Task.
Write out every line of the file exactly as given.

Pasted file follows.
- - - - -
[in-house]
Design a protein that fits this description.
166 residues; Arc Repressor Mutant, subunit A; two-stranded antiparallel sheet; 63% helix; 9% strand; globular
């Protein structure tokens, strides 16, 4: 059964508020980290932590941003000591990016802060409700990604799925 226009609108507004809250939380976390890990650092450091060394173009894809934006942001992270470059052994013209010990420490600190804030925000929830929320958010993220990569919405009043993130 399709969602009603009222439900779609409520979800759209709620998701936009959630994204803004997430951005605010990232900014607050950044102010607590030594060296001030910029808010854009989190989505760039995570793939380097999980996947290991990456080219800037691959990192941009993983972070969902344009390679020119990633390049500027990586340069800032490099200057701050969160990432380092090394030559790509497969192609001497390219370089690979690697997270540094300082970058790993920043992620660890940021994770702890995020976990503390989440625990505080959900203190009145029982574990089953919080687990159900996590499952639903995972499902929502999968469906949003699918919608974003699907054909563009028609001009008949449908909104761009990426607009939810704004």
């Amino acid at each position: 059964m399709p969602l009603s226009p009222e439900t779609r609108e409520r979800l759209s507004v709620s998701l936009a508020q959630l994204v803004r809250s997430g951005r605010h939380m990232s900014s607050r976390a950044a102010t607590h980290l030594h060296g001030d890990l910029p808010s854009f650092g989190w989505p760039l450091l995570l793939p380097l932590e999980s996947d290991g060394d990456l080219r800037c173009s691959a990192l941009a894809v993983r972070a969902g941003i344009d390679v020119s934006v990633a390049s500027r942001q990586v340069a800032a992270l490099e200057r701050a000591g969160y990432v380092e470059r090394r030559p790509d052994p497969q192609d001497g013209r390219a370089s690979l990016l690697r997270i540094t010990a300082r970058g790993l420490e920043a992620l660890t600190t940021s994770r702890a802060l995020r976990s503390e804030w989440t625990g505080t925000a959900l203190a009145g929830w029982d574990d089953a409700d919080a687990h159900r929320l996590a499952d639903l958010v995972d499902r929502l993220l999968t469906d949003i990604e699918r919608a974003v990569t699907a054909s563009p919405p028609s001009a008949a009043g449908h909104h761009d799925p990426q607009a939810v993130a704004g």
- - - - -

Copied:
[in-house]
Design a protein that fits this description.
166 residues; Arc Repressor Mutant, subunit A; two-stranded antiparallel sheet; 63% helix; 9% strand; globular
């Protein structure tokens, strides 16, 4: 059964508020980290932590941003000591990016802060409700990604799925 226009609108507004809250939380976390890990650092450091060394173009894809934006942001992270470059052994013209010990420490600190804030925000929830929320958010993220990569919405009043993130 399709969602009603009222439900779609409520979800759209709620998701936009959630994204803004997430951005605010990232900014607050950044102010607590030594060296001030910029808010854009989190989505760039995570793939380097999980996947290991990456080219800037691959990192941009993983972070969902344009390679020119990633390049500027990586340069800032490099200057701050969160990432380092090394030559790509497969192609001497390219370089690979690697997270540094300082970058790993920043992620660890940021994770702890995020976990503390989440625990505080959900203190009145029982574990089953919080687990159900996590499952639903995972499902929502999968469906949003699918919608974003699907054909563009028609001009008949449908909104761009990426607009939810704004």
């Amino acid at each position: 059964m399709p969602l009603s226009p009222e439900t779609r609108e409520r979800l759209s507004v709620s998701l936009a508020q959630l994204v803004r809250s997430g951005r605010h939380m990232s900014s607050r976390a950044a102010t607590h980290l030594h060296g001030d890990l910029p808010s854009f650092g989190w989505p760039l450091l995570l793939p380097l932590e999980s996947d290991g060394d990456l080219r800037c173009s691959a990192l941009a894809v993983r972070a969902g941003i344009d390679v020119s934006v990633a390049s500027r942001q990586v340069a800032a992270l490099e200057r701050a000591g969160y990432v380092e470059r090394r030559p790509d052994p497969q192609d001497g013209r390219a370089s690979l990016l690697r997270i540094t010990a300082r970058g790993l420490e920043a992620l660890t600190t940021s994770r702890a802060l995020r976990s503390e804030w989440t625990g505080t925000a959900l203190a009145g929830w029982d574990d089953a409700d919080a687990h159900r929320l996590a499952d639903l958010v995972d499902r929502l993220l999968t469906d949003i990604e699918r919608a974003v990569t699907a054909s563009p919405p028609s001009a008949a009043g449908h909104h761009d799925p990426q607009a939810v993130a704004g």